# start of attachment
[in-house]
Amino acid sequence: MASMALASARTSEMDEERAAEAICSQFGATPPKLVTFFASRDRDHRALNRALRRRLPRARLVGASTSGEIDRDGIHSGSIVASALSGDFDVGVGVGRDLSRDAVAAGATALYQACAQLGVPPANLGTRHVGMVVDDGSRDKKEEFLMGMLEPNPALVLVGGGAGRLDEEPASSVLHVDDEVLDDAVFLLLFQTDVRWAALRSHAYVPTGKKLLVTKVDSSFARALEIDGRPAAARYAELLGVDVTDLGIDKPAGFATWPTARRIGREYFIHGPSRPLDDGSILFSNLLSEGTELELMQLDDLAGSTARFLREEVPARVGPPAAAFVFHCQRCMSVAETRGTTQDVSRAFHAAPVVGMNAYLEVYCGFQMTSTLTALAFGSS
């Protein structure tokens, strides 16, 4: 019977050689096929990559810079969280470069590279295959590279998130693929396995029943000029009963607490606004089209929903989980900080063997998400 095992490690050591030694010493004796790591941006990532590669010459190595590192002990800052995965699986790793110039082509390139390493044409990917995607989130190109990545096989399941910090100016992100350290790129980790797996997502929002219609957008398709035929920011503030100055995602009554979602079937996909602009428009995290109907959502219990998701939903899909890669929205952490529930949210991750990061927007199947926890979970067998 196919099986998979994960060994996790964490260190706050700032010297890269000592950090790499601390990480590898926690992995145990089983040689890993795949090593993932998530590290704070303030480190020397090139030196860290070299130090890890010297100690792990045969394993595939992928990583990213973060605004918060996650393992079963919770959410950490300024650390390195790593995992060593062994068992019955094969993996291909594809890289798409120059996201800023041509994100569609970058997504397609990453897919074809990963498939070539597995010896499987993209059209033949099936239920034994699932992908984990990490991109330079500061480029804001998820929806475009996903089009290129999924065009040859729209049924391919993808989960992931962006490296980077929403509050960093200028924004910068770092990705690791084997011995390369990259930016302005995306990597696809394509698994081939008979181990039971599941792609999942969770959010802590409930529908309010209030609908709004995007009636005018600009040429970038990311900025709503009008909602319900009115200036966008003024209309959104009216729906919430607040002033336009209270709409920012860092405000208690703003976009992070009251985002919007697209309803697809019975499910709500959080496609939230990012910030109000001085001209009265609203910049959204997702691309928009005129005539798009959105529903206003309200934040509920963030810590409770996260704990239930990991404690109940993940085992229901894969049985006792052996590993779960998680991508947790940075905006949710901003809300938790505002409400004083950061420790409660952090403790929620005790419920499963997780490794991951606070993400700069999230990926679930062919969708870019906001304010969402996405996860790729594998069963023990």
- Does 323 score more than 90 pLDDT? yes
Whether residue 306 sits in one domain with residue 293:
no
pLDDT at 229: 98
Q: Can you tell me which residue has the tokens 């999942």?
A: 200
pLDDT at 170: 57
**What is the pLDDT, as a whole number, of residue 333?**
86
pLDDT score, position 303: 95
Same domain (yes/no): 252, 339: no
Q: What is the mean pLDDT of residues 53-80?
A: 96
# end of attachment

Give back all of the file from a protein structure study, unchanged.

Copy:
[in-house]
Amino acid sequence: MASMALASARTSEMDEERAAEAICSQFGATPPKLVTFFASRDRDHRALNRALRRRLPRARLVGASTSGEIDRDGIHSGSIVASALSGDFDVGVGVGRDLSRDAVAAGATALYQACAQLGVPPANLGTRHVGMVVDDGSRDKKEEFLMGMLEPNPALVLVGGGAGRLDEEPASSVLHVDDEVLDDAVFLLLFQTDVRWAALRSHAYVPTGKKLLVTKVDSSFARALEIDGRPAAARYAELLGVDVTDLGIDKPAGFATWPTARRIGREYFIHGPSRPLDDGSILFSNLLSEGTELELMQLDDLAGSTARFLREEVPARVGPPAAAFVFHCQRCMSVAETRGTTQDVSRAFHAAPVVGMNAYLEVYCGFQMTSTLTALAFGSS
């Protein structure tokens, strides 16, 4: 019977050689096929990559810079969280470069590279295959590279998130693929396995029943000029009963607490606004089209929903989980900080063997998400 095992490690050591030694010493004796790591941006990532590669010459190595590192002990800052995965699986790793110039082509390139390493044409990917995607989130190109990545096989399941910090100016992100350290790129980790797996997502929002219609957008398709035929920011503030100055995602009554979602079937996909602009428009995290109907959502219990998701939903899909890669929205952490529930949210991750990061927007199947926890979970067998 196919099986998979994960060994996790964490260190706050700032010297890269000592950090790499601390990480590898926690992995145990089983040689890993795949090593993932998530590290704070303030480190020397090139030196860290070299130090890890010297100690792990045969394993595939992928990583990213973060605004918060996650393992079963919770959410950490300024650390390195790593995992060593062994068992019955094969993996291909594809890289798409120059996201800023041509994100569609970058997504397609990453897919074809990963498939070539597995010896499987993209059209033949099936239920034994699932992908984990990490991109330079500061480029804001998820929806475009996903089009290129999924065009040859729209049924391919993808989960992931962006490296980077929403509050960093200028924004910068770092990705690791084997011995390369990259930016302005995306990597696809394509698994081939008979181990039971599941792609999942969770959010802590409930529908309010209030609908709004995007009636005018600009040429970038990311900025709503009008909602319900009115200036966008003024209309959104009216729906919430607040002033336009209270709409920012860092405000208690703003976009992070009251985002919007697209309803697809019975499910709500959080496609939230990012910030109000001085001209009265609203910049959204997702691309928009005129005539798009959105529903206003309200934040509920963030810590409770996260704990239930990991404690109940993940085992229901894969049985006792052996590993779960998680991508947790940075905006949710901003809300938790505002409400004083950061420790409660952090403790929620005790419920499963997780490794991951606070993400700069999230990926679930062919969708870019906001304010969402996405996860790729594998069963023990």
- Does 323 score more than 90 pLDDT? yes
Whether residue 306 sits in one domain with residue 293:
no
pLDDT at 229: 98
Q: Can you tell me which residue has the tokens 């999942």?
A: 200
pLDDT at 170: 57
**What is the pLDDT, as a whole number, of residue 333?**
86
pLDDT score, position 303: 95
Same domain (yes/no): 252, 339: no
Q: What is the mean pLDDT of residues 53-80?
A: 96